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Thirty-first President of the United States

Herbert Hoover, served March 4, 1929 – March 4, 1933

Hoover (August 10, 1874 – October 20, 1964) was the 31st President of the United States (1929-33). Hoover was originally a professional mining engineer and author. As the United States Secretary of Commerce in the 1920s under Presidents Warren Harding and Calvin Coolidge, he promoted partnerships between government and business under the rubric “economic modernization”. In the presidential election of 1928, Hoover easily won the Republican nomination, despite having no previous elected-office experience. Hoover is the most recent cabinet secretary to be elected President of the United States, as well as one of only two Presidents (along with William Howard Taft) to have been elected without previous electoral experience or high military rank. America was prosperous and optimistic at the time, leading to a landslide victory for Hoover over Democrat Al Smith.

Herbert Clark Hoover was born on August 10, 1874, in West Branch, Iowa. He was the first president born west of the Mississippi River and remains the only Iowan President. His father, Jessie Hoover, was a blacksmith and farm implement store owner who was of German (Pfautz, Wehmeyer) and German-Swiss (Huber, Burkhart) descent. Hoover’s mother, Hulda Randall (Minthorn) Hoover (1849-84), was born in Norwich, Ontario, Canada, of English and Irish descent. Both were Quakers.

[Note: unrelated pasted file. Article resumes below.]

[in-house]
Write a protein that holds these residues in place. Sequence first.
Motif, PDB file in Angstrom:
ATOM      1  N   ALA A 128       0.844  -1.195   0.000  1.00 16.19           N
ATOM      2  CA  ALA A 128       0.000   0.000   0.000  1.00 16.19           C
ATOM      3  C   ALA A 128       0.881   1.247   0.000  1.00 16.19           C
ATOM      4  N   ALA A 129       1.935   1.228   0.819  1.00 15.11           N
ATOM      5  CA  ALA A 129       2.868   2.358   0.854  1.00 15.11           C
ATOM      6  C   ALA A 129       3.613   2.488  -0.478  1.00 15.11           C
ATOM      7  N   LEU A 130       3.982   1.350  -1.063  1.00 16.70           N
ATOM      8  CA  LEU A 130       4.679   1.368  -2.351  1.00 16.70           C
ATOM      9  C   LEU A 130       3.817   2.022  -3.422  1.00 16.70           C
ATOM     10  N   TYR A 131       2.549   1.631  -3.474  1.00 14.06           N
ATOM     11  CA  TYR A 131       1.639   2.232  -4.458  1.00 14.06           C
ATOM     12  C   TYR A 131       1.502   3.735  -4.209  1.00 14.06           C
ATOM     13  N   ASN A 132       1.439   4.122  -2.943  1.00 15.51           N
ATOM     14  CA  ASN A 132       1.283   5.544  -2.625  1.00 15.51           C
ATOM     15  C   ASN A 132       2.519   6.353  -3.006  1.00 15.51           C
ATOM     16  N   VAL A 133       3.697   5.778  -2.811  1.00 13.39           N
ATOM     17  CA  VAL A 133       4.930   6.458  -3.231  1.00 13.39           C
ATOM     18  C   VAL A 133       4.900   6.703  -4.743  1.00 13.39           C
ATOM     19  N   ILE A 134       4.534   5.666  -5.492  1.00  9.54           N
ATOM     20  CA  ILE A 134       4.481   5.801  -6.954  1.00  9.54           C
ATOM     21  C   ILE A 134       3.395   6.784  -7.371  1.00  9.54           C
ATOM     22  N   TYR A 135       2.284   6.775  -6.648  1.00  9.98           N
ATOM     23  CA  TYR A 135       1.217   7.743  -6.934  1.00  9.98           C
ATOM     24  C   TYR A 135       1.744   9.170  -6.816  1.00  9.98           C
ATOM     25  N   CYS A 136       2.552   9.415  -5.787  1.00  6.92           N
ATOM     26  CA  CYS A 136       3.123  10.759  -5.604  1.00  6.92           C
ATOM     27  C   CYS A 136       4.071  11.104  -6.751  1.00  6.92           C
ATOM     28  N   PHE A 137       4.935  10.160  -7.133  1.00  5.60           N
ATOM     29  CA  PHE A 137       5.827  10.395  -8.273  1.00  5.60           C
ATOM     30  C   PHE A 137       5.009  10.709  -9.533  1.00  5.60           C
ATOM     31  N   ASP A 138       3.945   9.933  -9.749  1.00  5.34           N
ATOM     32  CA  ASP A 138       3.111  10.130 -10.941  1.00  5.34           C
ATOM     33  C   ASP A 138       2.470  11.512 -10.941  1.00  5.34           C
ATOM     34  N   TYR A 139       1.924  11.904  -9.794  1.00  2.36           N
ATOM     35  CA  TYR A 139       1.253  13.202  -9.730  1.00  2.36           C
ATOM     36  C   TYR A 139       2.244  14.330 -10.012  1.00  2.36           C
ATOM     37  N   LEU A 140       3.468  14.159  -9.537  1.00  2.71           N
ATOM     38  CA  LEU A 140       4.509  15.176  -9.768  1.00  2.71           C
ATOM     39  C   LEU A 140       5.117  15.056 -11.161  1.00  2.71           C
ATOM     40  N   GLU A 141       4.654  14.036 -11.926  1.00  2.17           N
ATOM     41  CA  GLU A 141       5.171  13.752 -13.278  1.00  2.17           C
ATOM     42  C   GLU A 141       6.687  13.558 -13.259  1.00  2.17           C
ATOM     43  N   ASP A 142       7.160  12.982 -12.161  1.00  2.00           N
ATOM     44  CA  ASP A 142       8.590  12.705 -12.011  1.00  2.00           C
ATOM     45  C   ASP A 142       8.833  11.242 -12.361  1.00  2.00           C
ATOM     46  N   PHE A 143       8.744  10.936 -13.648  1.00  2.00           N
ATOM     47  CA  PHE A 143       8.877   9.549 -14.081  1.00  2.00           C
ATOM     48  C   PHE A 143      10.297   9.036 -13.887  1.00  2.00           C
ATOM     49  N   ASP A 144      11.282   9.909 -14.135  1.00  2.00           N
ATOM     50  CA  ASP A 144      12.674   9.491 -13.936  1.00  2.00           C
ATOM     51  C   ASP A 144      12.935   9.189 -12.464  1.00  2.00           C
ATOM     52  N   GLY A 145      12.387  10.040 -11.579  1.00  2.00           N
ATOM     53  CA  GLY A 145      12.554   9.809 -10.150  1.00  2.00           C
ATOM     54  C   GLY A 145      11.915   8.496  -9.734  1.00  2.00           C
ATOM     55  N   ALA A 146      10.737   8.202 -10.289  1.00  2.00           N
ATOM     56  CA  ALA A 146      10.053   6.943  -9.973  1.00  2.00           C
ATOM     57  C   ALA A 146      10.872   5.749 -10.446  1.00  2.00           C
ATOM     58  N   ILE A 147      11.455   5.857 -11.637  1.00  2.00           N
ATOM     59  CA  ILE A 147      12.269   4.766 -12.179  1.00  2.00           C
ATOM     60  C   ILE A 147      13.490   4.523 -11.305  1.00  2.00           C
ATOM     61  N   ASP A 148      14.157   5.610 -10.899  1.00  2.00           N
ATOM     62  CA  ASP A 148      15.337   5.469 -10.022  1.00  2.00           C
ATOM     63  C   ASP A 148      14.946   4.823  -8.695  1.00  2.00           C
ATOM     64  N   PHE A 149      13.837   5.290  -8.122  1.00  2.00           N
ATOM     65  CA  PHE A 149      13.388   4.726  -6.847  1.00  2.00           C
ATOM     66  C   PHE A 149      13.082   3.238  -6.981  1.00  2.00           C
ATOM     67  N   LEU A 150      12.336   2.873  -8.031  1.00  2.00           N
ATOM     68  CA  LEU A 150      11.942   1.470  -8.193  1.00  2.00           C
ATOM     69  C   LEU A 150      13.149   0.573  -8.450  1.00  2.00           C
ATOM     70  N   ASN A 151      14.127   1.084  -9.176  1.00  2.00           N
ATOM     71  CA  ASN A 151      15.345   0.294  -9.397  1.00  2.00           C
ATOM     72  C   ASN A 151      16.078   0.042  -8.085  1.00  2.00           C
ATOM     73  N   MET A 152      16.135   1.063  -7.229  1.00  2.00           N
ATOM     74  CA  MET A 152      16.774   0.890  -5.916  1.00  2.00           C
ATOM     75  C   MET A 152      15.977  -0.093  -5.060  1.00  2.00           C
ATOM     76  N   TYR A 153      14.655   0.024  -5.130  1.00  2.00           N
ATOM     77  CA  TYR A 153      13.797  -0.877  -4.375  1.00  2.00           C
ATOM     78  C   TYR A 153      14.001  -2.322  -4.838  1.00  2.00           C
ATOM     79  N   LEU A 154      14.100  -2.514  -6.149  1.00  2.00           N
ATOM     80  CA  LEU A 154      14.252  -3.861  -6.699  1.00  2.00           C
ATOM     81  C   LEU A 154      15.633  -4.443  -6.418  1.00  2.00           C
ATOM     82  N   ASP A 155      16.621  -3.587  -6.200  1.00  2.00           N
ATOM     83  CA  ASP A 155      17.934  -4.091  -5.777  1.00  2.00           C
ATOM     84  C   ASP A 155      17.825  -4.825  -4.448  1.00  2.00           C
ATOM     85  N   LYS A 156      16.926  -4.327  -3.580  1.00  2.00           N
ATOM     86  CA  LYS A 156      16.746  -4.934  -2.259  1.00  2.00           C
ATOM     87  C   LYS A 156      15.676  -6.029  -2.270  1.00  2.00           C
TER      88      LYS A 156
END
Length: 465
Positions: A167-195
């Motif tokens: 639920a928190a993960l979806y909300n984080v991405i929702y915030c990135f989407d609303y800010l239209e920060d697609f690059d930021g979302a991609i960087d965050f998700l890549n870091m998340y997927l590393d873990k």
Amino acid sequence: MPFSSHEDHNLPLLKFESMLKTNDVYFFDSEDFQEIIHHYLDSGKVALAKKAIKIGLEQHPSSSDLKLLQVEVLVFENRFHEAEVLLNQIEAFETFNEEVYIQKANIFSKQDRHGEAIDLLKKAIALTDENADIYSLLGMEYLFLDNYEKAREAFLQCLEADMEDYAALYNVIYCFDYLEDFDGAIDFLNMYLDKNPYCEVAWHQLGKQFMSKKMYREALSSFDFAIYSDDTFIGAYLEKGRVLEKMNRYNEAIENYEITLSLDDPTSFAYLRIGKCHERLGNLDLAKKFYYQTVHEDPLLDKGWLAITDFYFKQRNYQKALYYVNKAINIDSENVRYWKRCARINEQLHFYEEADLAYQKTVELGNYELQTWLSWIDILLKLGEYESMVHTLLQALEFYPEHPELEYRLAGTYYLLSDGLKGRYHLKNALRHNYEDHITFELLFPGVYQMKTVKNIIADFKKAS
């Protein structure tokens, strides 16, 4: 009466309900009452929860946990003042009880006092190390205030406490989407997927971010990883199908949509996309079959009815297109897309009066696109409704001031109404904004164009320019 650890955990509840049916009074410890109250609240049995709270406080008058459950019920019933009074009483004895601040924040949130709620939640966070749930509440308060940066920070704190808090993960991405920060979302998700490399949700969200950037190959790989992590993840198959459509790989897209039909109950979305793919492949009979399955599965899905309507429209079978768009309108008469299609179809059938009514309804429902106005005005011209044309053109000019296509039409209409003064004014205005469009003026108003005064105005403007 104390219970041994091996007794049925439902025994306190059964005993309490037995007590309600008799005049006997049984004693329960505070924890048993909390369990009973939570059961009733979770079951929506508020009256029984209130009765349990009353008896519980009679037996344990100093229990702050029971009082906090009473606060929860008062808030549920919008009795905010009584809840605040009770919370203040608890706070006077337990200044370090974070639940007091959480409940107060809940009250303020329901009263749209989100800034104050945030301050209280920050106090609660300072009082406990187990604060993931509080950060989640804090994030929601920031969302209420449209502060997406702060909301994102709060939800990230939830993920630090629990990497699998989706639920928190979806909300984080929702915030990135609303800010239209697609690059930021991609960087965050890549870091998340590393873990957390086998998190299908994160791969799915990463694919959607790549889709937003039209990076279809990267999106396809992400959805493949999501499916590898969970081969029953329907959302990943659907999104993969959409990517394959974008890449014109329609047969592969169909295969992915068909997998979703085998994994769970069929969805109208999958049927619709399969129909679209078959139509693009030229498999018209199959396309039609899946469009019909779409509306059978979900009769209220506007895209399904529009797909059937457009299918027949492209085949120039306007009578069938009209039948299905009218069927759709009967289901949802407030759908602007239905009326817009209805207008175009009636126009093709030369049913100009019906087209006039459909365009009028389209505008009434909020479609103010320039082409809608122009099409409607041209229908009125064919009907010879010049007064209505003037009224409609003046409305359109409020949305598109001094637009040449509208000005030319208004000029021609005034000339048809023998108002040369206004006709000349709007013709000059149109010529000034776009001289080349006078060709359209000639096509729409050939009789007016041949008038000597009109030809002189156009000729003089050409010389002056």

Hoover entered Stanford University in 1891, the new California college’s first year. The first-year students were not required to pay tuition. Hoover claimed to be the first student ever at Stanford, by virtue of having been the first person in the first class to sleep in the dormitory. While at the university, he was the student manager of both the baseball and football teams and was a part of the inaugural Big Game versus rival University of California (Stanford won). In one game in 1894, as manager of the baseball team, Hoover found the receipts were short. Hoover graduated in 1895 with a degree in geology.

When World War I began in August 1914, Hoover helped organize the return of 120,000 Americans from Europe. He led 500 volunteers in distributing food, clothing, steamship tickets and cash. “I did not realize it at the moment, but on August 3, 1914, my career was over forever. I was on the slippery road of public life.” Hoover liked to say that the difference between dictatorship and democracy was simple: dictators organize from the top down, democracies from the bottom up.

After the United States entered the war in April 1917, President Woodrow Wilson appointed Hoover to head the U.S. Food Administration. Hoover believed “food will win the war”, and beginning on September 29, this slogan was introduced and put into frequent use. Hoover established set days to encourage people to avoid eating particular foods to save them for soldiers’ rations: meatless Mondays, wheatless Wednesdays, and “when in doubt, eat potatoes.” This program helped reduce consumption of foodstuffs needed overseas and avoided rationing at home. It was dubbed “Hooverizing” by government publicists, in spite of Hoover’s continual orders that publicity should not mention him by name.